From June 15 to August 21, 2005, The Suspended Moment, a group exhibition with Otto Berchem, Victor Boullet, Angela Bulloch, Bernard Frize, Felix Gonzales-Torres, Naoya Hatakeyama, Roni Horn, Gerald Van Der Kaap, Paul Kooiker, Thomas Rentmeister, Fabien Rigobert, Karin Sander, Jörg Sasse, Hrafnkell Sigurdsson, Sam Taylor-Wood, Diana Thater, Jeff Wall, Erwin Wurm, curated by Hilde Teerlinck.
The publication Girlfriend in a coma by Douglas Coupland is one of the books that have given me inspiration for this intuitive and very personal choice of works from the H&F collection. It may suffice to list the titles of a few of the chapters:
• If it sleeps it's alive
• Thinking about the future means you want something
• Earthly sadness
• Even more real than you
• The future and the afterlife are different things altogether
• One day you will speak with yourself
• Destiny is corny
• The future is more extreme than you think
• Dreaming even though you're wide awake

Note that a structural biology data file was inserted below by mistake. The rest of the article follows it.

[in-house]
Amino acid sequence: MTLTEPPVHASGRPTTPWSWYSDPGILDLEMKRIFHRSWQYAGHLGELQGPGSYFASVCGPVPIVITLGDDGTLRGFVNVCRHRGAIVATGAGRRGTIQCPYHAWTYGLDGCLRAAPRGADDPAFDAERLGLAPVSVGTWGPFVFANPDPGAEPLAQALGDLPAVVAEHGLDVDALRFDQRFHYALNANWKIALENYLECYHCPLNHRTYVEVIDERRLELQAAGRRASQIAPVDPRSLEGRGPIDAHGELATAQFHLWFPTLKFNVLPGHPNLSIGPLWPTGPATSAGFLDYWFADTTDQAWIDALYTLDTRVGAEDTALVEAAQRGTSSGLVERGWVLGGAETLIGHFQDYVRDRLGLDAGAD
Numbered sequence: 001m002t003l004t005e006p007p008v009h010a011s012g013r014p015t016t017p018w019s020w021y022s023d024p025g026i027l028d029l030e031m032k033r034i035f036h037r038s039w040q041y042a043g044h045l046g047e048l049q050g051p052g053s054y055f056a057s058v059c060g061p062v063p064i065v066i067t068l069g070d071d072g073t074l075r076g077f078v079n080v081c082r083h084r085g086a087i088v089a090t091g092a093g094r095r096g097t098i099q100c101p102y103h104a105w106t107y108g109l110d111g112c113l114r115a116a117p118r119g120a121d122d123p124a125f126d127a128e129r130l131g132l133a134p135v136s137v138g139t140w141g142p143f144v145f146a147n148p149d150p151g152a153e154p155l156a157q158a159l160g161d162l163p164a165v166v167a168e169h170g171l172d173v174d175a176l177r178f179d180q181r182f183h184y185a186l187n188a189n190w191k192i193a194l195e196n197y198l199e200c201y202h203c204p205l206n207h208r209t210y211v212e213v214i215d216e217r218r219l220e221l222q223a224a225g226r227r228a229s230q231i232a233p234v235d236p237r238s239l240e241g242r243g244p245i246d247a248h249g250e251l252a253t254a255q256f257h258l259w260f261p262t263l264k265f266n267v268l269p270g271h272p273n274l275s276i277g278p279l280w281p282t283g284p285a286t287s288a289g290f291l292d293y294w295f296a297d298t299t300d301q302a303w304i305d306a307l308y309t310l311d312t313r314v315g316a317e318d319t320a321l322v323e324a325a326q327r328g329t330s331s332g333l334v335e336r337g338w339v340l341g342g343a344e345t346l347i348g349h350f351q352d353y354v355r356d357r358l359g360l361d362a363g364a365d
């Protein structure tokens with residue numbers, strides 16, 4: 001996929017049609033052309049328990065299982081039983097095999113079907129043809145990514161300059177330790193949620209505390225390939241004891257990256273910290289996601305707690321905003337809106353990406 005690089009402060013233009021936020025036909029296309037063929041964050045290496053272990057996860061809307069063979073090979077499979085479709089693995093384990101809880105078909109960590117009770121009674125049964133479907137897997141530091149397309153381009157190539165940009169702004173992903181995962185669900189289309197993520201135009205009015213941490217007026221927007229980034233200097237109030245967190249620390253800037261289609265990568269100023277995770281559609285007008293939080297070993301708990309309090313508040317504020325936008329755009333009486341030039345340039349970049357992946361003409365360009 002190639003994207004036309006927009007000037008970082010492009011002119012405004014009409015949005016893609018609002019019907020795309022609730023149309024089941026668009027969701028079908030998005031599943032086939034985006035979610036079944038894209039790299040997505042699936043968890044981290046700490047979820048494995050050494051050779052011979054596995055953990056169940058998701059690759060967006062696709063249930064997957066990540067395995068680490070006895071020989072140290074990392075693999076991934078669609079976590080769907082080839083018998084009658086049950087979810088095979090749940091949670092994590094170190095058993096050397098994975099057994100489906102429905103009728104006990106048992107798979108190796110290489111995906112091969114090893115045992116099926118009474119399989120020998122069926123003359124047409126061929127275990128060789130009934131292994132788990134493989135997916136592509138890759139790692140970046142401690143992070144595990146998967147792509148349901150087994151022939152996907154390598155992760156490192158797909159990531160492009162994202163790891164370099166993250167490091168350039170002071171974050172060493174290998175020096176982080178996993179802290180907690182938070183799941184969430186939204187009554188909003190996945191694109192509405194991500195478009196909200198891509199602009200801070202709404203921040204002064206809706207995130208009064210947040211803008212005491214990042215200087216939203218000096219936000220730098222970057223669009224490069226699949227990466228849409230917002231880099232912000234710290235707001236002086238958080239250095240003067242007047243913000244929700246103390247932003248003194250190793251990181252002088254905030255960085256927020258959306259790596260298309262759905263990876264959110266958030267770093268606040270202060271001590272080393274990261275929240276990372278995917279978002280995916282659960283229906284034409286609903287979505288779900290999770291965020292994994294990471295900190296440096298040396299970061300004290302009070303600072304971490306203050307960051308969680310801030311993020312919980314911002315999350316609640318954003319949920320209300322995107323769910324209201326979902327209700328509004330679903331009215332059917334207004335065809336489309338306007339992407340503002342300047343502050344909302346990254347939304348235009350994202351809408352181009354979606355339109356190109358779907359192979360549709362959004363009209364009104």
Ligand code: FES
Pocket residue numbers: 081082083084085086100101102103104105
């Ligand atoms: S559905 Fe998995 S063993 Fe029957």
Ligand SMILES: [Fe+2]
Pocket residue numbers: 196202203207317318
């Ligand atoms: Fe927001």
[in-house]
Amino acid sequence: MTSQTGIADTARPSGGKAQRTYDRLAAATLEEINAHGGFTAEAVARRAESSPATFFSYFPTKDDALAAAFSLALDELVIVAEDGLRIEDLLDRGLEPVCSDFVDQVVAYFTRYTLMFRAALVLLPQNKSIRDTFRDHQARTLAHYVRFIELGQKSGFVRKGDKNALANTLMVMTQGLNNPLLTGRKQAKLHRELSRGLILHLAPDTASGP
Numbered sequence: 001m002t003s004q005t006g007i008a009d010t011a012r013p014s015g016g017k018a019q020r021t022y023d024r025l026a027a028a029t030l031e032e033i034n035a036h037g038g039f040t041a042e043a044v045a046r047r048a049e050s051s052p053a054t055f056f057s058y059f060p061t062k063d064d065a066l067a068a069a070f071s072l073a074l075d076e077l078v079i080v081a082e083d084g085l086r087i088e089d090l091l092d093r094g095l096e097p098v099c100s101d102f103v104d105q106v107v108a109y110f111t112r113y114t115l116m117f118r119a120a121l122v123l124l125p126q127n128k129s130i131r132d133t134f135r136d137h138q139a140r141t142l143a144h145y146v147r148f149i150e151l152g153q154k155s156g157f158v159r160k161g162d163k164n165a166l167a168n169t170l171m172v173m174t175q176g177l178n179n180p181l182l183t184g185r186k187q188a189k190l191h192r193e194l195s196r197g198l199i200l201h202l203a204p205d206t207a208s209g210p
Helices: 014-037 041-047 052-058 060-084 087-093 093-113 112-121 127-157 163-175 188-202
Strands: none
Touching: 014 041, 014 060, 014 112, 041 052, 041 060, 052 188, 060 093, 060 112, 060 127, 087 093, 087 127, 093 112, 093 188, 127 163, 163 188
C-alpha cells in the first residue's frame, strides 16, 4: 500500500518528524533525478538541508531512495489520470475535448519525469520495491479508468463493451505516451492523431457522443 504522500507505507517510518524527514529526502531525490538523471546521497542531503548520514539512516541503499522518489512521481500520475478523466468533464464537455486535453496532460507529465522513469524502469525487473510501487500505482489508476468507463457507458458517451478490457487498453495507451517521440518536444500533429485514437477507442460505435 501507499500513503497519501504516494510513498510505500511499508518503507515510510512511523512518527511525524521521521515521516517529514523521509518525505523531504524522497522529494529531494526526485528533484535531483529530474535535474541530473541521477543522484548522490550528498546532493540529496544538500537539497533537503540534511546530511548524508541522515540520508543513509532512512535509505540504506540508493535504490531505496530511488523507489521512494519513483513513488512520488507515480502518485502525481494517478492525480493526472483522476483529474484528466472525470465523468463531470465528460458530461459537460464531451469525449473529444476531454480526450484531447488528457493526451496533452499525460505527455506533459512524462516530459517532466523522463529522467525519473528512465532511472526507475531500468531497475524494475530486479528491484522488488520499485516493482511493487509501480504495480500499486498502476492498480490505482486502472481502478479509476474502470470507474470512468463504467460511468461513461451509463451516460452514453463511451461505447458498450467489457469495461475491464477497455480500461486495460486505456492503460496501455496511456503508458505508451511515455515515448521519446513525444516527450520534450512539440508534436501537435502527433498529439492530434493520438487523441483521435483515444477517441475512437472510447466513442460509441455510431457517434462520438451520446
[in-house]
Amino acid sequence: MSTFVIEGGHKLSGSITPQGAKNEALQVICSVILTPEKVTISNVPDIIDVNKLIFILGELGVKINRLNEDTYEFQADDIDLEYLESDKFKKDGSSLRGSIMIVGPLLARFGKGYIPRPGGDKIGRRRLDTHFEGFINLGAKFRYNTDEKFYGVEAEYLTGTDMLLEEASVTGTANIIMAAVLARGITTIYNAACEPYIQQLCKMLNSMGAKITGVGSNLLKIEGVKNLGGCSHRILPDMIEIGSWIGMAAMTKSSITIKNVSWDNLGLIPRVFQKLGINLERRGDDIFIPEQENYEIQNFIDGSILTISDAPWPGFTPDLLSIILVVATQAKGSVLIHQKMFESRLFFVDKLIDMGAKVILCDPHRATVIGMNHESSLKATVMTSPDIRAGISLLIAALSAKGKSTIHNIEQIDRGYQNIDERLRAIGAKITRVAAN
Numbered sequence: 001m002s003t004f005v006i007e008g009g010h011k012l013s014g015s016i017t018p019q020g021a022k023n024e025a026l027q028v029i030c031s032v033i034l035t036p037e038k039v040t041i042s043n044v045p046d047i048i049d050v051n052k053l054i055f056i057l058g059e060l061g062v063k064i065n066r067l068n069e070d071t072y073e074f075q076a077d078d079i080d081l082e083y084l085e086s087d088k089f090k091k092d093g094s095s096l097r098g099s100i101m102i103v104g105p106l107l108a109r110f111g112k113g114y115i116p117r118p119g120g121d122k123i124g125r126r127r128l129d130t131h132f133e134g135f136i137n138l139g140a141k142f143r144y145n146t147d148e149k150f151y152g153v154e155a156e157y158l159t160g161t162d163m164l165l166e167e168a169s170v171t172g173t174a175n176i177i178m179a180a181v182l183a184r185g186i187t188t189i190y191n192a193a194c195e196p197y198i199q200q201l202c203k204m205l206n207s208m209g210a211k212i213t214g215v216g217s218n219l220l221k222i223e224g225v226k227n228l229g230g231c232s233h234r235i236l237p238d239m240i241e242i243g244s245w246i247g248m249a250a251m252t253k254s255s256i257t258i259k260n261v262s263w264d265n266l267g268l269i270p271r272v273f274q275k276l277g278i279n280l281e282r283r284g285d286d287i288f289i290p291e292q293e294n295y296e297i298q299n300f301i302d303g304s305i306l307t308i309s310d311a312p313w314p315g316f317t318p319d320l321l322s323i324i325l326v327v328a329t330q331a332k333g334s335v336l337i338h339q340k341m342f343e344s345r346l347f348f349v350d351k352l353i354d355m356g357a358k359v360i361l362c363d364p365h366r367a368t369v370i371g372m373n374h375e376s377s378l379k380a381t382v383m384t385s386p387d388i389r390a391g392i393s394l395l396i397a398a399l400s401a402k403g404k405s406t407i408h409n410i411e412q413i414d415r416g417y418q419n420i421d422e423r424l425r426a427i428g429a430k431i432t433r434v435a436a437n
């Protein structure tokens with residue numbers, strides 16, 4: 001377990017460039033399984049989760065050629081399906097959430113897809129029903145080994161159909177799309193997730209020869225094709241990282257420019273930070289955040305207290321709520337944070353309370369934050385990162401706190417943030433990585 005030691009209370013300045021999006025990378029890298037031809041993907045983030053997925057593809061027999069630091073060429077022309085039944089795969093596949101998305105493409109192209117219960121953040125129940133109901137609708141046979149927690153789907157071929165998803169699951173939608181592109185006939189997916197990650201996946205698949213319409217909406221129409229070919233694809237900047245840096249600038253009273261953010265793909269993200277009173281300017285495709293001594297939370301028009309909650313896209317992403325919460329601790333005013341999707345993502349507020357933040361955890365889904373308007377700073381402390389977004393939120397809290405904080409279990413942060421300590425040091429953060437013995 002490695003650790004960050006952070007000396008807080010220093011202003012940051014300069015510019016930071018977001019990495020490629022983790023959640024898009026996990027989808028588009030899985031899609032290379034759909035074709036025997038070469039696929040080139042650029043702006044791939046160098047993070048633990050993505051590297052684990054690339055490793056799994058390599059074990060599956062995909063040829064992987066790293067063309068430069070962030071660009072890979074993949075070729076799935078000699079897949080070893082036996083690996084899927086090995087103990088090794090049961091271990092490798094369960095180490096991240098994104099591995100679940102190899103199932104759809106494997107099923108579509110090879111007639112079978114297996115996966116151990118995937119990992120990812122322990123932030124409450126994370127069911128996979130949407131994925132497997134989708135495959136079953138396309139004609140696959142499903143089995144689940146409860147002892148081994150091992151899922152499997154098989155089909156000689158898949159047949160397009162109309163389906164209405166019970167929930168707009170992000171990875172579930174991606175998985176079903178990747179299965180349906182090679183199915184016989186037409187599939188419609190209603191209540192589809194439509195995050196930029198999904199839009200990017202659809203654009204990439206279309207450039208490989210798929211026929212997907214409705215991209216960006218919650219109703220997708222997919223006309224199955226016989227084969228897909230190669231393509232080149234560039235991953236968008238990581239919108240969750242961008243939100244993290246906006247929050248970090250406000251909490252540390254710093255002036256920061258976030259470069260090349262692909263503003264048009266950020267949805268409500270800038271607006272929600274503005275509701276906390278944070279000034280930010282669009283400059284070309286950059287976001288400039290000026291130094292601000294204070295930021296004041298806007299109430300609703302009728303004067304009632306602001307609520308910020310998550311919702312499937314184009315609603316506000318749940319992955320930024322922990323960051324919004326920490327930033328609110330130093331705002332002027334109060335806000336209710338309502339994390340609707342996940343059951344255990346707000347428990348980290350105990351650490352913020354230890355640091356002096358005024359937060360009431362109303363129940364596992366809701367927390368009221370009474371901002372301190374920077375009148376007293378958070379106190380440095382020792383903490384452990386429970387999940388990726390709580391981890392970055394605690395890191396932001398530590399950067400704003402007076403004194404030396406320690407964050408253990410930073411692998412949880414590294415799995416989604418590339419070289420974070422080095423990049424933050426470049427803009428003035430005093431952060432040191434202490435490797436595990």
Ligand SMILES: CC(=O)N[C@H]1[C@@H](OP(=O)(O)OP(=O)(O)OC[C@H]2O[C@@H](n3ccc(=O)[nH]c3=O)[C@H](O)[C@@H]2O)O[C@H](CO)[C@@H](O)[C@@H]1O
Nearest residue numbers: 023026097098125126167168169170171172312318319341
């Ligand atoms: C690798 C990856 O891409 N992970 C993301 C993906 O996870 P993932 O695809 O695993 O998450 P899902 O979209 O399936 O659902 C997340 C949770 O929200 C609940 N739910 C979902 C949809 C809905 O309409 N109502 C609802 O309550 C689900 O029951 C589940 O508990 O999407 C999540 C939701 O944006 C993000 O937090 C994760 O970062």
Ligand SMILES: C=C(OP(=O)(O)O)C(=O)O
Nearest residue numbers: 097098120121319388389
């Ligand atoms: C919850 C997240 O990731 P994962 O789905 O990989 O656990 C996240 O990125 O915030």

It immediately reminds me of Eyes Wide Shut, Stanley Kubrick's last film, as the title The Suspended Moment flirts with a similar contradiction. It tells us about tension, about suspense (as in cinéma), but confronts this emotion, this thrill, with the instantaneousness and the transience of a moment.
l belong to a generation whose everyday life is increasingly dominated by an ever more hectic pace. Morning to evening our agendas force us into a straitjacket. Routine is everywhere. Breaks and moments of relaxation are ever fewer and further between. We are constantly bombarded by an overdose of images, information and impressions, claiming our complète attention. Hence l asked myself this question: "What would happen if we could stop the clock for a moment ?" In my opinion, this selection from the H&F collection offers a unique opportunity to make this happen.